From The Silvae of Statius translated with Introduction and Notes, by D. A. Slater; Oxford: The Clarendon Press; 1908; pp. 96-97.
PARROT, parrot, king of birds, fluent favourite of thy master; parrot, skilled to mimic the accents of man, what power by too swift a fate has stilled thy voice? Poor thing, only yesterday, though doomed to die, thou hadst a place at our feast. Beyond the midnight we saw thee ranging the couches and tasting the good cheer. Greetings, too, and well-conned words thou hadst repeated. To-day the dateless silence of Death seals all that melody. Oh, tell no more the oft-told tale of Phaethon’s sisters. ’Tis not only the dying swan that sings its own death-hymn.
Ah, how spacious was thy dwelling-place! How radiant the ruddy dome! a row of silver bars set in ivory round about thee. Shrill rang the portals at the pecking of thy beak.1 Alas, to-day the doors 97 speak their own vexation. Tenantless is that blissful prison; vanished the scolding voice that filled the princely mansion!
Let all scholar birds flock hither, unto whom Nature has granted the right divine of speech. Let the favourite of Phoebus utter a lament; the starling too, that forgets not to re-echo faithfully the accents it has heard; the woodpeckers that for rivalling the Muses suffered change; the partridge that links and repeats the words of man; the nightingale that warbles forlorn in her Thracian bower. Mourn, mourn ye birds together! Bear your dead companion to the funeral fire; and, one and all, learn ye this new dirge. ‘The Parrot, — the glory and the pride of the fowls of the air, the radiant Ruler of the East, — is dead, is dead. Whom neither the bird of Juno with jewelled plumage, nor the denizen of frozen Phasis, nor the Meleagrides, the prey of the Numidians in the rainy south, could surpass in beauty. The Parrot that had greeted kings, that had uttered the name of Caesar, that had played the part now of mourning friend, and now of gay companion, — so ready to repeat the message it had learned. When he was released from his cage, Melior never wanted for company. Yet not without honour is his passing to the Shades. With Eastern perfumes the pyre is kindled; fragrant is his delicate plumage with Arabian incense and saffron of Sicily. Untouched by the languor of old age he shall be borne a happier phoenix to a richer pyre.’2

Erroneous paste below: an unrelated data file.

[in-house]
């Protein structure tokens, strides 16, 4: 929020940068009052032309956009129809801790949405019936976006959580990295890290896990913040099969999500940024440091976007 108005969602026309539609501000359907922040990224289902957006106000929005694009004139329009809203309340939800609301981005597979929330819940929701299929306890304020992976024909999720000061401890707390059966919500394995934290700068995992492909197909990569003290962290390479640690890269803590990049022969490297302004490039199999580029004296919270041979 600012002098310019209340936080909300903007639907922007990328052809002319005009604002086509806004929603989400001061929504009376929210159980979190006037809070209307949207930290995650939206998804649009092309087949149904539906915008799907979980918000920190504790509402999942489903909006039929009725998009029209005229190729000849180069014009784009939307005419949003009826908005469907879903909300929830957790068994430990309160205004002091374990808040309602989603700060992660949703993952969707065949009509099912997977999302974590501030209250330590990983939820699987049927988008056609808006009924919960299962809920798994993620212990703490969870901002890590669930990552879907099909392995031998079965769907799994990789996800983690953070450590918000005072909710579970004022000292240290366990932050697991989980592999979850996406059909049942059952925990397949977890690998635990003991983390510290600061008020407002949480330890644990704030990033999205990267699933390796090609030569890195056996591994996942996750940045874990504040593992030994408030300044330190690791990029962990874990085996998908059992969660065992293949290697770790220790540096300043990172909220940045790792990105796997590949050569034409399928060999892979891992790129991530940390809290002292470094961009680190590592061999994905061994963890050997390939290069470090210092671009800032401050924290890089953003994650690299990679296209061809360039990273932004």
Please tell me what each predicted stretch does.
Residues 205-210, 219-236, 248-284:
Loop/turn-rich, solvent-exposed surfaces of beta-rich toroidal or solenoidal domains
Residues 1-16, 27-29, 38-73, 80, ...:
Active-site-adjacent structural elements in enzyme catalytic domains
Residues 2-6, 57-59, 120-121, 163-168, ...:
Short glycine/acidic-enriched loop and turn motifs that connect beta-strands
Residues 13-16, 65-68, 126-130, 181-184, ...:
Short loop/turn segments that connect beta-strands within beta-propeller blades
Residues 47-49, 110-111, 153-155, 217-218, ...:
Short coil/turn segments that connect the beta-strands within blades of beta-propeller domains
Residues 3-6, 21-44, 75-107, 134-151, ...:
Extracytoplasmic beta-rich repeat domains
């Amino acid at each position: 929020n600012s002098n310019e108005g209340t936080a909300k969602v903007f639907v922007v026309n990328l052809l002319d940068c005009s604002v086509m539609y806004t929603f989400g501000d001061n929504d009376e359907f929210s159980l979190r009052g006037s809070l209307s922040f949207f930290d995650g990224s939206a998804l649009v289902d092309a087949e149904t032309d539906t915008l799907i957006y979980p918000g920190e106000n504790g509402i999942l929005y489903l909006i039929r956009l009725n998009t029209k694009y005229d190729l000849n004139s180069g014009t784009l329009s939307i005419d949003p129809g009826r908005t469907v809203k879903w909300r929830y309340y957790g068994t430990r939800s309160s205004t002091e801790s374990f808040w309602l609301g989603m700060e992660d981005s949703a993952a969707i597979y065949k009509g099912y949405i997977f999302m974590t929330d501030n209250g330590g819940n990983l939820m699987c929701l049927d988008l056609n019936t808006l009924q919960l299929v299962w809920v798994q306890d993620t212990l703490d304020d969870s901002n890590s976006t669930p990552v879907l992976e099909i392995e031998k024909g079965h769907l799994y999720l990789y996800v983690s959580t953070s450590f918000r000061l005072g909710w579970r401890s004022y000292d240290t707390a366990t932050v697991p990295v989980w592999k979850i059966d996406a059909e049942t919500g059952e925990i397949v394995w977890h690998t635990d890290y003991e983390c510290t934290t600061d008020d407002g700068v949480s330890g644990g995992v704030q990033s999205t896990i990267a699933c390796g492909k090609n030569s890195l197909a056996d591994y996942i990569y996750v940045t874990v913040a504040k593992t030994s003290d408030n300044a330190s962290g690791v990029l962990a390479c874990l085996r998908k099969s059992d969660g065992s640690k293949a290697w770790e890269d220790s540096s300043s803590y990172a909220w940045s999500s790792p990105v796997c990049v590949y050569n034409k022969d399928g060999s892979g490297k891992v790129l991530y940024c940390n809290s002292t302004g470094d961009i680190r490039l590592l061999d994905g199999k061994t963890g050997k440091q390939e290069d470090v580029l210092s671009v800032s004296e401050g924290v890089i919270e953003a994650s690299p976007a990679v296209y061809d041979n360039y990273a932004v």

1 Line 13. No instance is cited of cornu in the sense of beak, though Ovid (Met. viii. 546) has ‘cornea rostra’. ‘Perhaps the parrot’s screech is described as his “winding his horn” (writes Prof. Phillimore), otherwise I can only imagine that “cornu” is a material used in the cage, real horn: in which case tuo would ask to be emended.’ But the phrase as it stands is quite in the manner of Statius. An exaggerative writer would not scruple to describe the beak of (e. g.) the Great Black Cockatoo as its ‘horn’, and that I take to be the meaning here.
2 Line 27-37. The translation follows the traditional view that the dirge extends to the end of the poem.